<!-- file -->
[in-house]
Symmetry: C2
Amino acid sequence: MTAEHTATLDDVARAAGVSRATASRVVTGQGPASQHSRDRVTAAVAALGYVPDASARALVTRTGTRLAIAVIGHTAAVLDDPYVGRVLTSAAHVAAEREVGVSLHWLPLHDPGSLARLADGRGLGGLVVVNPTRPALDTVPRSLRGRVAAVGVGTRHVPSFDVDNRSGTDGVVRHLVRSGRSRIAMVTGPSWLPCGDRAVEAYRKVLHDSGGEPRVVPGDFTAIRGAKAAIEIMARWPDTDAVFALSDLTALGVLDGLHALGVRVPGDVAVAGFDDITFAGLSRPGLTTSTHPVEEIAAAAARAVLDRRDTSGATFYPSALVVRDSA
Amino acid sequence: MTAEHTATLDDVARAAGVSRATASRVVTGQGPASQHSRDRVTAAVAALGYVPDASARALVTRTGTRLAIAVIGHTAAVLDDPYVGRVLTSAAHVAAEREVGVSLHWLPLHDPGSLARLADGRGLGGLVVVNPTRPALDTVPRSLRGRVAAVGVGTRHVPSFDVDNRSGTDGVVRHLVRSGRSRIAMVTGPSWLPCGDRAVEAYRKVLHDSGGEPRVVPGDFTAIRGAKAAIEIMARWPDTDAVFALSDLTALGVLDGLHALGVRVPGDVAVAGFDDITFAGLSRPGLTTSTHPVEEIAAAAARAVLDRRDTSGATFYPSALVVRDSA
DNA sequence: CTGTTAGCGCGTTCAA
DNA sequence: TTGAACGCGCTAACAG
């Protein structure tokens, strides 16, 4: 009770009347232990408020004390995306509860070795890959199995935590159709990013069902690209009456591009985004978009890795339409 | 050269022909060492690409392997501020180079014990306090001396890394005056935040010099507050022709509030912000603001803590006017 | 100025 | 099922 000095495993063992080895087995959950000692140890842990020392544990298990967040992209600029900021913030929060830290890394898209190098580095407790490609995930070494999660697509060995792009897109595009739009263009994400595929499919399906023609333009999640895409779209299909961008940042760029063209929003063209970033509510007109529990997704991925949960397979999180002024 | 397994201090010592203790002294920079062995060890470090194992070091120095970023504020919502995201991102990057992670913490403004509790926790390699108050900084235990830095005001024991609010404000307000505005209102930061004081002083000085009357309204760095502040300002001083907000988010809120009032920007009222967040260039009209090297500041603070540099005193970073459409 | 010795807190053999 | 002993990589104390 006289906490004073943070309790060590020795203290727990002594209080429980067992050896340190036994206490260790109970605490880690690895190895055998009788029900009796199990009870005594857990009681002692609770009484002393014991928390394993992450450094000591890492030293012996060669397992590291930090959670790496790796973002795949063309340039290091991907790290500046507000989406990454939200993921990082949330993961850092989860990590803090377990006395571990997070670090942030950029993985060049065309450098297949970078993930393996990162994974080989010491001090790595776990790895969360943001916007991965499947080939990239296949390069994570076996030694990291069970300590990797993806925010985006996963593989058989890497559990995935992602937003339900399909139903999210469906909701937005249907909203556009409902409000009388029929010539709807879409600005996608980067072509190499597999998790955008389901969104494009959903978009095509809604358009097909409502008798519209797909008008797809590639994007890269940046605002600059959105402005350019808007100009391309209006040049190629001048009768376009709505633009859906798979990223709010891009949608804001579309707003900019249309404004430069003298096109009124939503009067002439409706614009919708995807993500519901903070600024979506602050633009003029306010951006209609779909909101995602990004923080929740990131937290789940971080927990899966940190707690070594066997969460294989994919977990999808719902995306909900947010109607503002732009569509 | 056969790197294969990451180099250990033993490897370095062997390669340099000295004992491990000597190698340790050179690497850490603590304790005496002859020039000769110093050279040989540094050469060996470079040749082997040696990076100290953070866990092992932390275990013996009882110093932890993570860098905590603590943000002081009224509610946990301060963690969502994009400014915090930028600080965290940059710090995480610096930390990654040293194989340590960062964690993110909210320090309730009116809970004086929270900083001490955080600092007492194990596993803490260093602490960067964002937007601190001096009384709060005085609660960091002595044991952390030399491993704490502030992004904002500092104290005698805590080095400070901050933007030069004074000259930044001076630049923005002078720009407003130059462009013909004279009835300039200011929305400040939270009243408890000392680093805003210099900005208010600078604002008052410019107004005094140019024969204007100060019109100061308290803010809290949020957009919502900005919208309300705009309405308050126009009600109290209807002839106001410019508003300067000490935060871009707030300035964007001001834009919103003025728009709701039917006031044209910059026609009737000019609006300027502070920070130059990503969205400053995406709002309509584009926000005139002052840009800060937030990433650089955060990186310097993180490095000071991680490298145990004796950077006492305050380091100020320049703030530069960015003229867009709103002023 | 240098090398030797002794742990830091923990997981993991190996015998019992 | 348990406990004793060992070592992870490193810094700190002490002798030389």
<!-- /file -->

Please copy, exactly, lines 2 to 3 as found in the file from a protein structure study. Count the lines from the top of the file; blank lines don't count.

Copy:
Symmetry: C2
Amino acid sequence: MTAEHTATLDDVARAAGVSRATASRVVTGQGPASQHSRDRVTAAVAALGYVPDASARALVTRTGTRLAIAVIGHTAAVLDDPYVGRVLTSAAHVAAEREVGVSLHWLPLHDPGSLARLADGRGLGGLVVVNPTRPALDTVPRSLRGRVAAVGVGTRHVPSFDVDNRSGTDGVVRHLVRSGRSRIAMVTGPSWLPCGDRAVEAYRKVLHDSGGEPRVVPGDFTAIRGAKAAIEIMARWPDTDAVFALSDLTALGVLDGLHALGVRVPGDVAVAGFDDITFAGLSRPGLTTSTHPVEEIAAAAARAVLDRRDTSGATFYPSALVVRDSA